We have an amazing culture at Automattic that includes giving each other kudos as one form of recognition for great work, whether that’s delivering happiness to a customer, or to each other.
Typically we use a Slack bot to share kudos, and that’s posted to an internal WordPress site dedicated to showcasing internal kudos.
At the Grand Meetup (which we attended in mid-September – I’ll probably share more from that soon), we also have the option of giving handwritten kudos to each other. I like the ease of giving digital kudos, and at the same time I really like being able to write a note to my colleagues to express my appreciation for their efforts.
This year I was fortunate to receive a few cards from my colleagues, and really appreciate each of them.
I decided against sharing details of all of the cards I received as the messages can be pretty personal. At the same time, I’m grateful for each card.
Better gender representation is a challenge. I’m proud of our team’s efforts to better understand this challenge, and how to meet it. It’s clearly not something that’s capable of a simple fix, but I’m glad that we seem to be moving in a good direction. Here are some links if you’re interested in reading further:
I’m in Lisbon for my team’s meetup (last year we were in Rome). Our first day was a free day, and we went on a walking tour of parts of Lisbon. It was a terrific introduction to this city. Of course, I made plenty of photos.
We took the Metro to where we were going to meet our tour guide. I really like Lisbon’s subway stations. They each have a distinctive design, most of which appeal to me.
We started off in Rossio Square where we met our tour guide, and started our walk.
Lisbon Massacre Memorial
Our first stop from there was a church that was a focal point of a tragedy for the Lisbon Jewish community, the Lisbon Massacre.
From there, we made our way back past Rossio Square deeper into the city.
We made our way up a hill (Lisbon is pretty hilly) to the Carmo Convent,
which is also near an archaeological museum. There was a public
gathering ahead of the Portuguese Freedom Day (also known as the
Carnation Revolution). According to Culture Trip:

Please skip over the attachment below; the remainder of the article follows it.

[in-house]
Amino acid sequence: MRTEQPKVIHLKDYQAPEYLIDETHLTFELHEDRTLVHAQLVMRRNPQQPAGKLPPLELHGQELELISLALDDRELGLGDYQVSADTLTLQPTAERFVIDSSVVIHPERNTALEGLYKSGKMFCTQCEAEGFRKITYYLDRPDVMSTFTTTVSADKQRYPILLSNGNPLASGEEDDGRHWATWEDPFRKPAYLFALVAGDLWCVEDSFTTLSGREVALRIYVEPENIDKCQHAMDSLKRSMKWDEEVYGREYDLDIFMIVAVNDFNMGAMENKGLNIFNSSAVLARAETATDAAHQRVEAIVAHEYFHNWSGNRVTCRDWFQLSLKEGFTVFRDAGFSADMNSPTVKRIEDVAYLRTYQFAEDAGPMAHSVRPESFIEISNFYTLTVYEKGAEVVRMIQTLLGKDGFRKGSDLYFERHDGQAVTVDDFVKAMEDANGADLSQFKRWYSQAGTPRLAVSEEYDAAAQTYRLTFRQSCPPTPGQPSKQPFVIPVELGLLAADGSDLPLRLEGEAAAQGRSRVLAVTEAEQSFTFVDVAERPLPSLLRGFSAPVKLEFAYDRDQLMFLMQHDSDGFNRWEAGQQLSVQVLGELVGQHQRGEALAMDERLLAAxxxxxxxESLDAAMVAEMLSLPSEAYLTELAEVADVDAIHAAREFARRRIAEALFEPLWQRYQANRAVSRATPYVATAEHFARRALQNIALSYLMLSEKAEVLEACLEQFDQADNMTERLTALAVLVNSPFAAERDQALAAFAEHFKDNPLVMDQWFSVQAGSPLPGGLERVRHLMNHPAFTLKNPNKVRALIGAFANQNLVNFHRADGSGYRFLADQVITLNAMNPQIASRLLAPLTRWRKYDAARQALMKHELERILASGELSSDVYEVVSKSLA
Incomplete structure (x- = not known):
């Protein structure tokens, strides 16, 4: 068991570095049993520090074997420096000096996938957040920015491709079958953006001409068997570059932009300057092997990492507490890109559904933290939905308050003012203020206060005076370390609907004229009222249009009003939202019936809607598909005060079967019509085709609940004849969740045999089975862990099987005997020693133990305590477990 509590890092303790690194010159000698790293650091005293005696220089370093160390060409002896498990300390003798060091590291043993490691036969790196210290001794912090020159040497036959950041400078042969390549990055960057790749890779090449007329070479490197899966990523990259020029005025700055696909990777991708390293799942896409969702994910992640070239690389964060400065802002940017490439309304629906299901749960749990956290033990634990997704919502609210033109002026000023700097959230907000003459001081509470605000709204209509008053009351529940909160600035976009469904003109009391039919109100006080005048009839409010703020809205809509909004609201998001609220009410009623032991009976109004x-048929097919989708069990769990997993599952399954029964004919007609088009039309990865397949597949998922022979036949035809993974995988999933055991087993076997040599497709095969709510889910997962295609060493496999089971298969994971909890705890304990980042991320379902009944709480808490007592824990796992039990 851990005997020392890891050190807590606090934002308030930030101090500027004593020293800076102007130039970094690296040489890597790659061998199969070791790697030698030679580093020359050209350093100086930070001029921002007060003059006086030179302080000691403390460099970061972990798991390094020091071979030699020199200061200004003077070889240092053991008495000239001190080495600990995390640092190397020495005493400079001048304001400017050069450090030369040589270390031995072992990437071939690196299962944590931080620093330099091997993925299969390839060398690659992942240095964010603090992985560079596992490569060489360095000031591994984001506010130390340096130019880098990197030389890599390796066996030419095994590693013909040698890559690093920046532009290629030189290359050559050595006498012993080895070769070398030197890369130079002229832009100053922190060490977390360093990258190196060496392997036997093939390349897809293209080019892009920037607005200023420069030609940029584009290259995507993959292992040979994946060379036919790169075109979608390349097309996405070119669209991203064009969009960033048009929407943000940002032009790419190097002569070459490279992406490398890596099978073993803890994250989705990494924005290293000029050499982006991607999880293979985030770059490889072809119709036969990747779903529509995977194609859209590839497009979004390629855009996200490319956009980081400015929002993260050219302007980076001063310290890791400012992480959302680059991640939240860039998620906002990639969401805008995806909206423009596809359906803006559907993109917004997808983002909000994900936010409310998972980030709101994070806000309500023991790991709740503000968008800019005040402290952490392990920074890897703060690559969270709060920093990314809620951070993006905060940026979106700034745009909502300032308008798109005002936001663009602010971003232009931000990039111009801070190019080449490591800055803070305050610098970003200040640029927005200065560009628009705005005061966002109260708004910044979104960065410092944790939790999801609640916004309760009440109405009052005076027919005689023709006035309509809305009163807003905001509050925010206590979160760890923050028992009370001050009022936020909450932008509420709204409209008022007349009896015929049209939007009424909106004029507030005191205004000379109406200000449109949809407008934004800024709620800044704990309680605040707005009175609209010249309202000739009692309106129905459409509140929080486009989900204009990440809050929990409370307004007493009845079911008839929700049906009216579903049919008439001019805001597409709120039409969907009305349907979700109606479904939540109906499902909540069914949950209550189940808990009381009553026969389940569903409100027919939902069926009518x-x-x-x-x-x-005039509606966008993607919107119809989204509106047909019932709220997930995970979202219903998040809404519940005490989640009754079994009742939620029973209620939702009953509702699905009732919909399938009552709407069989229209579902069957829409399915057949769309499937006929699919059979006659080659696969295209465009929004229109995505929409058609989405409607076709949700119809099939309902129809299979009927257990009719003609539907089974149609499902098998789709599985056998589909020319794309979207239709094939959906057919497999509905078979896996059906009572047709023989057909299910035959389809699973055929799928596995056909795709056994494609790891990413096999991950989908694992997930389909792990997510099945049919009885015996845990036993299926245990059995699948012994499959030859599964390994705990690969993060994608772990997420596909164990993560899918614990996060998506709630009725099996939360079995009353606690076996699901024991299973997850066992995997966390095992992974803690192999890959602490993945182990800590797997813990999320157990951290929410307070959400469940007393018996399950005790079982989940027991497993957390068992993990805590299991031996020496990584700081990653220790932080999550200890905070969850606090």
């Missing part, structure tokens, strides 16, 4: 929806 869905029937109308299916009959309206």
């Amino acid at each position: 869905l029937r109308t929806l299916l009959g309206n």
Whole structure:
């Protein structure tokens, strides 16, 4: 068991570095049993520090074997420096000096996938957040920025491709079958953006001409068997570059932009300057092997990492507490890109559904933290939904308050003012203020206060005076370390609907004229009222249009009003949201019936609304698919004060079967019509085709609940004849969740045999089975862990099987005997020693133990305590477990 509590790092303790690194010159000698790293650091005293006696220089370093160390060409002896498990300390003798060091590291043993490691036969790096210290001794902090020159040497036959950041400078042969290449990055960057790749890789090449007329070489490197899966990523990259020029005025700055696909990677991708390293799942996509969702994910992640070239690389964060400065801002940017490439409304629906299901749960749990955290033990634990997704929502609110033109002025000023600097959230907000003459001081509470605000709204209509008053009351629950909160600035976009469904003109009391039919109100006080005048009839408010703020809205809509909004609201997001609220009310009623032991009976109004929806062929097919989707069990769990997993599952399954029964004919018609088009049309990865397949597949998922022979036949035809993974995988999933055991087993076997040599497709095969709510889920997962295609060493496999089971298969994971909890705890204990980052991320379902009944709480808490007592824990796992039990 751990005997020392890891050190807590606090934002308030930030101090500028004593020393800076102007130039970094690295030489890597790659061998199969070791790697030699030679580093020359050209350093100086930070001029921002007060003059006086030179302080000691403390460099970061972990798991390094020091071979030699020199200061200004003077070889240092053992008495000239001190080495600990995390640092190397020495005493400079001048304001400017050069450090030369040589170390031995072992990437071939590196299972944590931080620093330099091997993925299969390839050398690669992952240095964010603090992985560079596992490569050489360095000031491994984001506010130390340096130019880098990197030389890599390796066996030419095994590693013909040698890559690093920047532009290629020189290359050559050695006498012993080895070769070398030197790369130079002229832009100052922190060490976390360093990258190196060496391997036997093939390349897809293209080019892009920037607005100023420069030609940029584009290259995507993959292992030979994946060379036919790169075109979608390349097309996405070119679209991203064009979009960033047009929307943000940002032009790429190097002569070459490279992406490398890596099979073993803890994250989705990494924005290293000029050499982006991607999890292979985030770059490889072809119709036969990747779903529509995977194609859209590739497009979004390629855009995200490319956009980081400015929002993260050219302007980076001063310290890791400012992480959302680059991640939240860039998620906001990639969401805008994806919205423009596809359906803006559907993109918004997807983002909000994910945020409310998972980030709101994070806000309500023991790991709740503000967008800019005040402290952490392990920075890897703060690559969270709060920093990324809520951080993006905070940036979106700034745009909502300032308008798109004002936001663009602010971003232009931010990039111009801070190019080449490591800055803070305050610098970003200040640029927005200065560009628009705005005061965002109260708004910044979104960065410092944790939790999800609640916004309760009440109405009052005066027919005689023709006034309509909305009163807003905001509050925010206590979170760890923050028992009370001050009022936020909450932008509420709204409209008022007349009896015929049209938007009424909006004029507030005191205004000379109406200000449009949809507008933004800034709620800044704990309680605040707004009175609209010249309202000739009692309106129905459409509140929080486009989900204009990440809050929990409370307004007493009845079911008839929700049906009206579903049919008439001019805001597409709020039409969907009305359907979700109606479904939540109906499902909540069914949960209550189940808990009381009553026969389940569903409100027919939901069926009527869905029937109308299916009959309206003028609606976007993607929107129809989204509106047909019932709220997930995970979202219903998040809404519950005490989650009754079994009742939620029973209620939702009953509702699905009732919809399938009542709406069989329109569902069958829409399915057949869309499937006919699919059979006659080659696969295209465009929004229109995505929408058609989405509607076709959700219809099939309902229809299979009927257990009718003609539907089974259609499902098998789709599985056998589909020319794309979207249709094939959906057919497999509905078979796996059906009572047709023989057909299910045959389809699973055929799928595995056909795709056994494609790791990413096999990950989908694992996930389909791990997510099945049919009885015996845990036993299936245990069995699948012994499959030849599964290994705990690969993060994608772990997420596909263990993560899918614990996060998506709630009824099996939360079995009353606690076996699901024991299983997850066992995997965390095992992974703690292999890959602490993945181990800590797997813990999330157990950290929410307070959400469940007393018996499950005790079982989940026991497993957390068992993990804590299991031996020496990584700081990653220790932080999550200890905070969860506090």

The words “military coup” and “peaceful” don’t usually go hand in hand, but they do when describing Portugal’s Carnation Revolution. Every year on April 25, Portugal remembers the non-violent rebellion that ended a 50-year long dictatorship and reestablished democracy in the country. Also known as Freedom Day, April 25 has become a national holiday that is celebrated across the country and in particular, in Lisbon.
The popular Santa Justa Lift is nearby, so we went there next. Most tourists seem to queue at the bottom of the lift (you pay to go to the top). We walked across from the Carmo Convent to the public viewing deck (no charge for that), and had a remarkable view of much of the city.
We made our way back down to the street to head to a famous pastel de nata bakery for a snack (it was still Pesach, so I just had to admire them).
Tram Ride to the Old Quarter
From our snack break, we took a tram up to the older sections of the city. Much of Lisbon was destroyed in 1755 by a massive earthquake so the buildings we saw so far were relatively new as the city was largely rebuilt. The older section of the city, higher on the hill, fared better as it was built on bedrock.
The view from up there was pretty spectacular. You can see the harbour, and much of the city from that vantage point.
Alfama’s Illustrated History of Portugal
Alfama also contains a curious history of Portgual in the form of a comic painted onto the walls of a tunnel.
After that, we made our way through the twisting alleys towards the bottom of the hill. It started raining on and off, along the way.
At the bottom of the hill, we passed a series of water fountains that were separated for the various classes of people visiting Lisbon at the time. The fountains were in one of the walls that, at one point, protected the city.